Make Your Own Spectroscope — When wavelengths in the visible light spectrum pass through specific materials, such as a crystal prism or a rain drop, the waves bend at varying degrees. This separates the waves into distinct bands, which we experience as a rainbow. Students made a simple spectroscope out of cardstock and a special plastic film called a diffraction grid. When the spectroscope is held to a light source, youth can see a highly defined rainbow through its viewfinder.

Eclipse Chalk Art — When the moon fully eclipses the sun, a fiery ring around the edge, the corona, can still be seen. The very edge of the sun’s atmosphere is very dynamic, constantly changing shape due to solar flares and shifts in the magnetic field. Elementary school children modeled the appearance of the corona using chalk, a white paper circle representing the sun and a black paper circle representing the eclipsing moon.

Gravity Slingshot Engineering Challenge  —  Every celestial object creates a gravity field, with more massive objects creating more powerful gravity fields. When a small object, such as a NASA probe, passes near a large gravity field, like Jupiter, it is pulled by that force. If the small object has enough momentum, then the gravitational pull will not be enough to make it crash into the planet. Instead, its path will bend toward the planet and it will slingshot past it. Since energy is never destroyed, only converted, the force applied to the probe will be transformed into more momentum, causing the probe to move faster. Middle and high school students modeled these gravitational effects by rolling metal ball bearings at various speeds and trajectories past strong magnets.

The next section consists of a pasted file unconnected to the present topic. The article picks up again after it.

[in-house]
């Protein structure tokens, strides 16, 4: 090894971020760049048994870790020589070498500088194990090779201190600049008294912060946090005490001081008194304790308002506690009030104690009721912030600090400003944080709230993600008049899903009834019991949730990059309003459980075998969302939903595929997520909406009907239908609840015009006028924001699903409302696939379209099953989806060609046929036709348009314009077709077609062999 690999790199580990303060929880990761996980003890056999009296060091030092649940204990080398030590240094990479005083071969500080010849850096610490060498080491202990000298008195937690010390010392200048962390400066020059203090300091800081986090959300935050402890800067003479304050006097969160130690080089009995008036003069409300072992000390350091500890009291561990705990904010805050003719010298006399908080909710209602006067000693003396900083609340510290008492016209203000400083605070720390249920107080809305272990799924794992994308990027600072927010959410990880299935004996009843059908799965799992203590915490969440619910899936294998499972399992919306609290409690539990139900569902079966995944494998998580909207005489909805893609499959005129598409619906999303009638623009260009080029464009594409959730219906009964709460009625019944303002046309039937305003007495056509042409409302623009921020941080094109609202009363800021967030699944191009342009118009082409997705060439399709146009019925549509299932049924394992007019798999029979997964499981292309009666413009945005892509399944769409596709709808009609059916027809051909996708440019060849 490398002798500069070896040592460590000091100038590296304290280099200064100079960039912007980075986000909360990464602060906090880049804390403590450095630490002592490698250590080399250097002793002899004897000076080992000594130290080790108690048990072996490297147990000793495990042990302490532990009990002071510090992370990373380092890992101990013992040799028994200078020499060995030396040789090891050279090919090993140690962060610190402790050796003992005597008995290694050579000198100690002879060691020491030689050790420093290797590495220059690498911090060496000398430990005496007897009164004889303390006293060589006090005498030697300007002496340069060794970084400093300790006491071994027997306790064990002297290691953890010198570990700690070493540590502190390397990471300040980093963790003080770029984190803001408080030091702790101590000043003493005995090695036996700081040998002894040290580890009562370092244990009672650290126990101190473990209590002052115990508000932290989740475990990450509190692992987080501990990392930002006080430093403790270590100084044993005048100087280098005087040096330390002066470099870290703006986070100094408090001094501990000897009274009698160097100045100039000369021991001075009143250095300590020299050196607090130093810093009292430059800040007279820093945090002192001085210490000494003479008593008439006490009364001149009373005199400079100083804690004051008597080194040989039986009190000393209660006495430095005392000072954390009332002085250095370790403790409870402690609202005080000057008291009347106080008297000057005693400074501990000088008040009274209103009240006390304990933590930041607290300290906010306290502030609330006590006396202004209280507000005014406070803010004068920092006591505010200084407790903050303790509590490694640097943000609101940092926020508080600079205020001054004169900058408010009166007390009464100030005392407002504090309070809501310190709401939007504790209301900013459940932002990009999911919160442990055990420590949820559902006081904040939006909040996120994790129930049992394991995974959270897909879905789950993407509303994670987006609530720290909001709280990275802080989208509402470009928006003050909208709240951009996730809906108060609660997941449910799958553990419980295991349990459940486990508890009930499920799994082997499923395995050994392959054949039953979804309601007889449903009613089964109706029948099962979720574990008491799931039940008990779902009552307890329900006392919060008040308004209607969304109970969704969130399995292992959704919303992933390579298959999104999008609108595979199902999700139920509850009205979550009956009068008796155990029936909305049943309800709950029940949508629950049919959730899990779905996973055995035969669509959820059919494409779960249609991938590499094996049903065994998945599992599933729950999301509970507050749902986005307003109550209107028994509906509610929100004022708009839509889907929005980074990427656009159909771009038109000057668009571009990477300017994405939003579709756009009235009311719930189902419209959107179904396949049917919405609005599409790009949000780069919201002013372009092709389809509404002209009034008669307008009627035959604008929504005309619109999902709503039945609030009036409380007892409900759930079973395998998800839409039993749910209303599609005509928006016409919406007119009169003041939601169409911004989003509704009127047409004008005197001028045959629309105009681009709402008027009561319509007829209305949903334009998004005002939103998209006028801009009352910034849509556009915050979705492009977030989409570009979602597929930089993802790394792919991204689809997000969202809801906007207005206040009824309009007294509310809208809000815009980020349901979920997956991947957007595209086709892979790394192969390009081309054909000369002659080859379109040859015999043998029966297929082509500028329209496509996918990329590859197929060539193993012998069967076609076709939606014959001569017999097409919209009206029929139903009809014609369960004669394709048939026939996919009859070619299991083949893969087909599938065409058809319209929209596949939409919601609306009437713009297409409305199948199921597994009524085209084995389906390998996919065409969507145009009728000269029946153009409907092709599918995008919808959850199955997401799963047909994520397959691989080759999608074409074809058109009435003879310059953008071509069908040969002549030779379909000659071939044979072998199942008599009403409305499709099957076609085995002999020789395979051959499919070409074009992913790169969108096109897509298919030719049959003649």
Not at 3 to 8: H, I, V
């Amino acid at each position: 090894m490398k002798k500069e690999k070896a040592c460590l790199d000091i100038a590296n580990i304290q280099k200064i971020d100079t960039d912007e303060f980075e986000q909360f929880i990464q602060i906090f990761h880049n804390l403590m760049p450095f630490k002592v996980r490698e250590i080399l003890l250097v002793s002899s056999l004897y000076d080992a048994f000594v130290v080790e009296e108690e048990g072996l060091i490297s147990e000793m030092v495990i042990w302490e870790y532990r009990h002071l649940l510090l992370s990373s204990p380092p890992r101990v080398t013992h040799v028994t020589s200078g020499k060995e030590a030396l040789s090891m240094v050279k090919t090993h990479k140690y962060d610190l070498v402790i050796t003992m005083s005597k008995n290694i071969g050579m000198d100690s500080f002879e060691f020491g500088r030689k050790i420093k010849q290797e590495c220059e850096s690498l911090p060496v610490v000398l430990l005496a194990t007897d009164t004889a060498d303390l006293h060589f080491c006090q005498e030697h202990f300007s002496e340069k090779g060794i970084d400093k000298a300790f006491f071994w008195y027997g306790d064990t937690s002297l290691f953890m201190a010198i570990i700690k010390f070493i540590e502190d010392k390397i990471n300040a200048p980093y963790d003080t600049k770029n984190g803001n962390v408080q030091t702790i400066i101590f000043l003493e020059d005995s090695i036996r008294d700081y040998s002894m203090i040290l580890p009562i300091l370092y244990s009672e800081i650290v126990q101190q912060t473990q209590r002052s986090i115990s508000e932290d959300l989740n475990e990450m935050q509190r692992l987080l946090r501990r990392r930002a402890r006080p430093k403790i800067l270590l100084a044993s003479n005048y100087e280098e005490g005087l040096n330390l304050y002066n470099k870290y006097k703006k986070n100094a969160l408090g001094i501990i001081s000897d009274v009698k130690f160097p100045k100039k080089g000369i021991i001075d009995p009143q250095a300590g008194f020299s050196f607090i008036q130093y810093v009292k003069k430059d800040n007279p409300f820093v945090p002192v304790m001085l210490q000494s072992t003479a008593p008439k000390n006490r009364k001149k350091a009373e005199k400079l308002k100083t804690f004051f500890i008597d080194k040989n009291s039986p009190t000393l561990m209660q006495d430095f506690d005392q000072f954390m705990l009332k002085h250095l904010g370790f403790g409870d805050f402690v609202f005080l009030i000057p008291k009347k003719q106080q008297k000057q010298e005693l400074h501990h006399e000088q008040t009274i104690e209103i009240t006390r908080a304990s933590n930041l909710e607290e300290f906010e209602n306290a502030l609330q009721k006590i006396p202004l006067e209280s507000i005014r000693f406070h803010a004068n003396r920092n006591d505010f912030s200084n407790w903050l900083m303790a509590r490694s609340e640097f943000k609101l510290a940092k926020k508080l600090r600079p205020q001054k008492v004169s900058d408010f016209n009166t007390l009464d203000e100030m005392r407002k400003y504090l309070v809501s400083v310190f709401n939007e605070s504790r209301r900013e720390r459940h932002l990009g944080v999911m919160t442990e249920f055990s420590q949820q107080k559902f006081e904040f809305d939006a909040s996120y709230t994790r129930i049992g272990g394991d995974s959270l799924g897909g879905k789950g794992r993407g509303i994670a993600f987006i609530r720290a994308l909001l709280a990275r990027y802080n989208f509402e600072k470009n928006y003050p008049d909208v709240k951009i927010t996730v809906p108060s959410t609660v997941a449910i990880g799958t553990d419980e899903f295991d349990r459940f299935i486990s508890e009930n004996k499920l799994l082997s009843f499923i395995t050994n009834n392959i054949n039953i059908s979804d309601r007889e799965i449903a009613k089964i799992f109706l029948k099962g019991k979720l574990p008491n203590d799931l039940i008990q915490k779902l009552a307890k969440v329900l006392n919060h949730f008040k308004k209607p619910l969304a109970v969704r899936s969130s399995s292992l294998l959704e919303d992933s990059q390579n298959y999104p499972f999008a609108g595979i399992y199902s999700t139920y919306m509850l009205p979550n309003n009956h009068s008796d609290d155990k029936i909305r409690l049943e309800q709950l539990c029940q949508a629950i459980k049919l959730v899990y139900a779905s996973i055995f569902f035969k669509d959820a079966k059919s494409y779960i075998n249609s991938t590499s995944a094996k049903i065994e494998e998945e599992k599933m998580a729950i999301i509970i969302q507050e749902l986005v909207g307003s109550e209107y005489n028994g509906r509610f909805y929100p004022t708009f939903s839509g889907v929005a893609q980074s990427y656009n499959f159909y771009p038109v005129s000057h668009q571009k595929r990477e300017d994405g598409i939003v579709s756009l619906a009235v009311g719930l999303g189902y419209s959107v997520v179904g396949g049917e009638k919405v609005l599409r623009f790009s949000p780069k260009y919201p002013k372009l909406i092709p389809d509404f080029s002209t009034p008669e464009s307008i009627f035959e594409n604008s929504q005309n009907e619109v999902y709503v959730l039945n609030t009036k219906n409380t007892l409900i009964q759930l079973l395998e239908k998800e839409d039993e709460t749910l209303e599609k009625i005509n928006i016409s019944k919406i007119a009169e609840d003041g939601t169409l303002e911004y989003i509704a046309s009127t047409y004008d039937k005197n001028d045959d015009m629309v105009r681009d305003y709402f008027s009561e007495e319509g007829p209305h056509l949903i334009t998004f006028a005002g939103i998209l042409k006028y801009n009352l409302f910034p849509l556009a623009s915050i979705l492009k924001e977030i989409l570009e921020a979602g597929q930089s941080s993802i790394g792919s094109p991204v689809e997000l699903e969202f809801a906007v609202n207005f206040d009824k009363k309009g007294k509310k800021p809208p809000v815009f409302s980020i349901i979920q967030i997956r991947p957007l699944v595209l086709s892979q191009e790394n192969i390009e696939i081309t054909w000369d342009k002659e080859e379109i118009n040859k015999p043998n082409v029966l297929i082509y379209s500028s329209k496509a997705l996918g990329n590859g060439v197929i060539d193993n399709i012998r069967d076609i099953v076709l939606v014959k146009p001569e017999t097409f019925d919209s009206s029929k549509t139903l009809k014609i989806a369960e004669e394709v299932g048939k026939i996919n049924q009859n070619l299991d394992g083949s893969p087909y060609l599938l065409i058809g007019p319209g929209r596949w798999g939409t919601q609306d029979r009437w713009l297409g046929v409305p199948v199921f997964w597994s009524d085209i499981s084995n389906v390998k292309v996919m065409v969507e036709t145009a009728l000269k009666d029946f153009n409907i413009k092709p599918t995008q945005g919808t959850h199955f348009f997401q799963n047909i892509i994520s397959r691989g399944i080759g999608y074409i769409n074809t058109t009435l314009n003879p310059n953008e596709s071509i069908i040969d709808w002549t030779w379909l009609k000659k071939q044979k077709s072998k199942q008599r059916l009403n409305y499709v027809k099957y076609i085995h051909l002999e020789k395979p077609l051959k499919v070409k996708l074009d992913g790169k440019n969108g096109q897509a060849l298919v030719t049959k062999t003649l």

Pinhole ProjectorsTo see the eclipse without directly viewing it, the image of the shadow can be projected onto the ground with a simple pinhole projector. Cut a hole in a piece of cardstock, tape a piece of aluminum foil over the hole, then poke a tiny hole in the aluminum with a pin. When the projector is held at the waist, the ray of sun passing through the pinhole will display how much of the sun is eclipsed by the moon at that moment. Youth were provided with materials to make their own projectors either in class or at home.

Eclipse Observation Sheets — Worksheets were provided for youth to record their observations about the weather conditions and appearance of the eclipse. They could either use the eclipse viewing glasses provided or the pinhole projectors they constructed.

Gail Stephens, agricultural communications and media associate, University of Maryland Eastern Shore, School of Agricultural and Natural Sciences, UMES Extension,, 410-621-3850.

Photos by Todd Dudek, agricultural communications, University of Maryland Eastern Shore, School of Agricultural and Natural Sciences, UMES Extension,